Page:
Date published: September 2011
Research Company: Mobius Research and Strategy
Scope and Methodology
- Qualitative project exploring expectations viewers have of reality programmes (ie. reality programmes where people had not agreed, up front, to take part) and experiences of participants 'caught up' in filming of these programmes
- 20 one-on-one interviews with participants
- Four focus groups (regular viewers of reality programmes) in Auckland
Responses by Viewers
- Reality programmes of this nature are primarily seen as entertainment by viewers. However, they also function to provide information or to educate.
- There is a degree of confusion among members of the public concerning issues of privacy (ie. the rights of the public when they are filmed and if that footage is broadcast) and some relates to the rights of the producer or broadcaster of the programme (ie, their rights to film and broadcast).
- This is especially true when filming takes place in a public place and, there even was confusion over what constitutes a ‘public place’.
- Viewers recognise that filming by hidden camera carries an extra degree of risk to the subjects. Viewers are able to weigh the public interest in broadcasting hidden camera footage.
- There were mixed views on whether pixellisation should be used to disguise the identities of those filmed, some felt it was a good thing, some felt it was unnecessary, especially if someone was ‘guilty’.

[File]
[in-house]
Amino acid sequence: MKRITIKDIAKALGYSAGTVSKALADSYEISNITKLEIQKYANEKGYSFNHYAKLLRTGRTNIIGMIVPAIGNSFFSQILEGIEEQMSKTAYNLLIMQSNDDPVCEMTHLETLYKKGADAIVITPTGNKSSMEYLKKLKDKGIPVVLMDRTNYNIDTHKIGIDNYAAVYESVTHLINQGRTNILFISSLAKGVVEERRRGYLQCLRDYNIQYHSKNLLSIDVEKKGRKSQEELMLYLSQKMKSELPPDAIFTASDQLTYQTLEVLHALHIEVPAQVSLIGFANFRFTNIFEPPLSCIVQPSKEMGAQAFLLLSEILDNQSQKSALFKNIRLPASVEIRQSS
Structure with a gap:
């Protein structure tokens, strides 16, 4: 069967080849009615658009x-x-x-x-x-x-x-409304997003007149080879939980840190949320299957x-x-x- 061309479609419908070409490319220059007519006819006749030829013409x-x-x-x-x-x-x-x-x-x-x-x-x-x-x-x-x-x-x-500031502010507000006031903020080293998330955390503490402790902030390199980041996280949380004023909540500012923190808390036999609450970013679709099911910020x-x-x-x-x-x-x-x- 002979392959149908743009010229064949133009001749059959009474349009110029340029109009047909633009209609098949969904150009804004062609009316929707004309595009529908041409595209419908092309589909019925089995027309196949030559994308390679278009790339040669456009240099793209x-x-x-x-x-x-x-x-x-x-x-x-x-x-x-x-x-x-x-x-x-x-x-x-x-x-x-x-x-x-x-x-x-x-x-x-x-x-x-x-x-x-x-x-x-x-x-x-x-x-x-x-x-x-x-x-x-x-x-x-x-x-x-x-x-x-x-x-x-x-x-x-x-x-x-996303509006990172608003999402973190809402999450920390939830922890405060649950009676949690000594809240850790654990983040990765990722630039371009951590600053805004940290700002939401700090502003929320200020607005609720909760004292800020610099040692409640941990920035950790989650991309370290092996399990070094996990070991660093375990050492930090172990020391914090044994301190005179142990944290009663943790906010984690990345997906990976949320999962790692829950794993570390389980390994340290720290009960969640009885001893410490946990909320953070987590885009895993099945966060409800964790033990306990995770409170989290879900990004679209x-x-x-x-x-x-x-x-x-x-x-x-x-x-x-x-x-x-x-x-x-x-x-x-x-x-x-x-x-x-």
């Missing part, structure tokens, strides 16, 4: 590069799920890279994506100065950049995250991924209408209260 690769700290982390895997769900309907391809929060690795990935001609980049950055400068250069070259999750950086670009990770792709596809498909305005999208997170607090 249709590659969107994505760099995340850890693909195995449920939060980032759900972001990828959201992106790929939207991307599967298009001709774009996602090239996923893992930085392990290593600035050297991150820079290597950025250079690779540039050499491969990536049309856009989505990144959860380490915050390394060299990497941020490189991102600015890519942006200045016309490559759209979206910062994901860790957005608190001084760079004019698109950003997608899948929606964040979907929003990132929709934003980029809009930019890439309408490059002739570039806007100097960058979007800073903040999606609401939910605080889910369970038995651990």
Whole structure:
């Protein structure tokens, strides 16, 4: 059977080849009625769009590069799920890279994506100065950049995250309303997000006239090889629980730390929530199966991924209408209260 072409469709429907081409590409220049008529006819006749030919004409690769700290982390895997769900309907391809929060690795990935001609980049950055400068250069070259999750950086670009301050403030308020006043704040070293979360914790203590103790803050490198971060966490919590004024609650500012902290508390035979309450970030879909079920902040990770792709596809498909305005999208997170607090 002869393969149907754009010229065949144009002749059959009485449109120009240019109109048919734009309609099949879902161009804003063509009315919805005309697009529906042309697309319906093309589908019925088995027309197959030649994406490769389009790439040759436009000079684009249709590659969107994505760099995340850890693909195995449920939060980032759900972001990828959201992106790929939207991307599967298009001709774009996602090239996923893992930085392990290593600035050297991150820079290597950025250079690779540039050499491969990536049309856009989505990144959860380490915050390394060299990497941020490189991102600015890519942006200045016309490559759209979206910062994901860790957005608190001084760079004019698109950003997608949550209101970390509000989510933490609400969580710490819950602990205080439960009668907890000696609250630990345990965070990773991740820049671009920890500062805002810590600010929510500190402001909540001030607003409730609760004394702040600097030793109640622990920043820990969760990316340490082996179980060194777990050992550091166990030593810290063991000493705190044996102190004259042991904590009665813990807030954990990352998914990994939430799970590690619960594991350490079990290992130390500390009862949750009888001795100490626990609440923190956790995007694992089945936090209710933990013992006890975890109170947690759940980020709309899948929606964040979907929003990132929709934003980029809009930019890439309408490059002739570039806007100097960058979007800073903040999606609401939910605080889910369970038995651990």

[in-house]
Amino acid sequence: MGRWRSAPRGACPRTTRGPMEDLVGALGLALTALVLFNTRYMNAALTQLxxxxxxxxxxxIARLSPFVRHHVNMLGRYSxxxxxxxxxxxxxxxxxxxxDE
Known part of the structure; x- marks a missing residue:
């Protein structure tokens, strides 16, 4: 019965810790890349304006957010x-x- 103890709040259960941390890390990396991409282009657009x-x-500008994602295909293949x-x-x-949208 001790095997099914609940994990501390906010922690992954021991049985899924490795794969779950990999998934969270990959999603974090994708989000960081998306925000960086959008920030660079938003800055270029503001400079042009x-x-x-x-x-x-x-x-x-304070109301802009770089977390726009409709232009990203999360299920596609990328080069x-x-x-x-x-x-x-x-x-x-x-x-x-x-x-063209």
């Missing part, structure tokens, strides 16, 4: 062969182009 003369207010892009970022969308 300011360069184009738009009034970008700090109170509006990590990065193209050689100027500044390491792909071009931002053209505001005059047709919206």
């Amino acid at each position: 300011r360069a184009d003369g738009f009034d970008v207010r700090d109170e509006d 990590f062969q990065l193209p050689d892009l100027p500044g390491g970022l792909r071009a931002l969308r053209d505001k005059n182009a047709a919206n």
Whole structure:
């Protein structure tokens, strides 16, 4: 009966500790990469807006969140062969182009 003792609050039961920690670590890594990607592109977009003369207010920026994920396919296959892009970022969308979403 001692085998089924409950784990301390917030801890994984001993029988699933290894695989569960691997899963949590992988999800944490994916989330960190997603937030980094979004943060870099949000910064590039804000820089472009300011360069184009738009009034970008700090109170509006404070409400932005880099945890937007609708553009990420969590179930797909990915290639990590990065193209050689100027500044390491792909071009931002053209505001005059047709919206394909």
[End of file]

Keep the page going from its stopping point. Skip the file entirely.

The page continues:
Responses by Participants
- As with viewers, there was a degree of confusion and lack of knowledge amongst participants about their rights to privacy.
- This primarily relates the rights around filming (both overtly and covertly) and whether the footage could be broadcast without their consent.
- It is preferable if participants are aware of the probability or even possibility of being on television.
- Clear efforts are made to ensure no participants are ‘surprised by the broadcast and the BSA encourages these efforts to be as exhaustive as possible.
- For the BSA the key recommendation is that the public would be well served by clear, accessible information about the issues raised by this report, particularly around rights to privacy, filming and broadcast.